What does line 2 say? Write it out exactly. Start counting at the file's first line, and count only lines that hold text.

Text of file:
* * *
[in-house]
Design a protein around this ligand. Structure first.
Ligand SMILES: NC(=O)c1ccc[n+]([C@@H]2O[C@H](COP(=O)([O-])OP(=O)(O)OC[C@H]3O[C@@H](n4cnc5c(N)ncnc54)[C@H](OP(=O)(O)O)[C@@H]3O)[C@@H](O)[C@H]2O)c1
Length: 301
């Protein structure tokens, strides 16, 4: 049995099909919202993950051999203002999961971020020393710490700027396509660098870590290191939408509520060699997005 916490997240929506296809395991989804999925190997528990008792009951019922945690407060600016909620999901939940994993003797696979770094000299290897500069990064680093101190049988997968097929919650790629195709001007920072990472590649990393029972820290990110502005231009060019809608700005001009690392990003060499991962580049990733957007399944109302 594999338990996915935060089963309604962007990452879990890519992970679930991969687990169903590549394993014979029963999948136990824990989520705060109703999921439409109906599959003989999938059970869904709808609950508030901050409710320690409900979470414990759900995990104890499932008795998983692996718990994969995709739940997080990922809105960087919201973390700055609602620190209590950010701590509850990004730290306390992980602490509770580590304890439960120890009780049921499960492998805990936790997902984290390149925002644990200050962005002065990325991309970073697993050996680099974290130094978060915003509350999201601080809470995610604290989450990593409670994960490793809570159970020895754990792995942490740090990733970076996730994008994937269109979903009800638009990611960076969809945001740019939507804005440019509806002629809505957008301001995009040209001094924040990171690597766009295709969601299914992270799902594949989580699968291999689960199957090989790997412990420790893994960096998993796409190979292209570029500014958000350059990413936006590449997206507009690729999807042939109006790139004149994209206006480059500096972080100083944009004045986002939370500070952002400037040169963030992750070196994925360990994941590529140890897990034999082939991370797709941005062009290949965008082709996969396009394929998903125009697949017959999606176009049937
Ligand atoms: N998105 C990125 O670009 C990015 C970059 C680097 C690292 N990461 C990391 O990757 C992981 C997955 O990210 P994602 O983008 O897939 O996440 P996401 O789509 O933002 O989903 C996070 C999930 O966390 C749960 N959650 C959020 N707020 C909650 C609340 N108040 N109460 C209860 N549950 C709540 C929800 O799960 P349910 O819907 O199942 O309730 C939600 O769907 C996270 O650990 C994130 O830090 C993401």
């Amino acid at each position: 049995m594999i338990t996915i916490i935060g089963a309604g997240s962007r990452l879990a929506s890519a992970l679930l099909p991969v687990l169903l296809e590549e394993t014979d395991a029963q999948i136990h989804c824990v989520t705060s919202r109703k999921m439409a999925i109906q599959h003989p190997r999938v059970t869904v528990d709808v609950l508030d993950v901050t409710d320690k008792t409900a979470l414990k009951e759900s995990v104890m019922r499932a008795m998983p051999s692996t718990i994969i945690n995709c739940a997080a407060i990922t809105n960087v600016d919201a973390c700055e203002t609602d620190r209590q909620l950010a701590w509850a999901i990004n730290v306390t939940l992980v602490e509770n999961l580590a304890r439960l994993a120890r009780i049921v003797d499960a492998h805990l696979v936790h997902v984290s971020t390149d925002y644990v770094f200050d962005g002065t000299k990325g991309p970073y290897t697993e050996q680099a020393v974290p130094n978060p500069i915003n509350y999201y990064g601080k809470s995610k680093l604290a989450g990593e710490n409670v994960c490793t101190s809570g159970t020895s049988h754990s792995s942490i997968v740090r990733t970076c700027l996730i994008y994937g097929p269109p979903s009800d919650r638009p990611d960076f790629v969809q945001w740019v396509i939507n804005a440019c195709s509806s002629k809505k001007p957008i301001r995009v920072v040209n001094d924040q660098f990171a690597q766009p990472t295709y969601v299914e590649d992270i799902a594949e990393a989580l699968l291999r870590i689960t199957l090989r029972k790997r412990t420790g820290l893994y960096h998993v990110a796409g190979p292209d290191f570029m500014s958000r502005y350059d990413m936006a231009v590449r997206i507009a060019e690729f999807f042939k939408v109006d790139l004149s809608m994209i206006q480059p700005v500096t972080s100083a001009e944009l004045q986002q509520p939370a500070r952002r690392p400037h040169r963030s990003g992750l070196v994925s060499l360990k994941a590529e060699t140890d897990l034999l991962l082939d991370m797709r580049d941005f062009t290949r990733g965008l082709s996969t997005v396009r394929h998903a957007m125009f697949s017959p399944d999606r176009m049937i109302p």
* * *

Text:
Design a protein around this ligand. Structure first.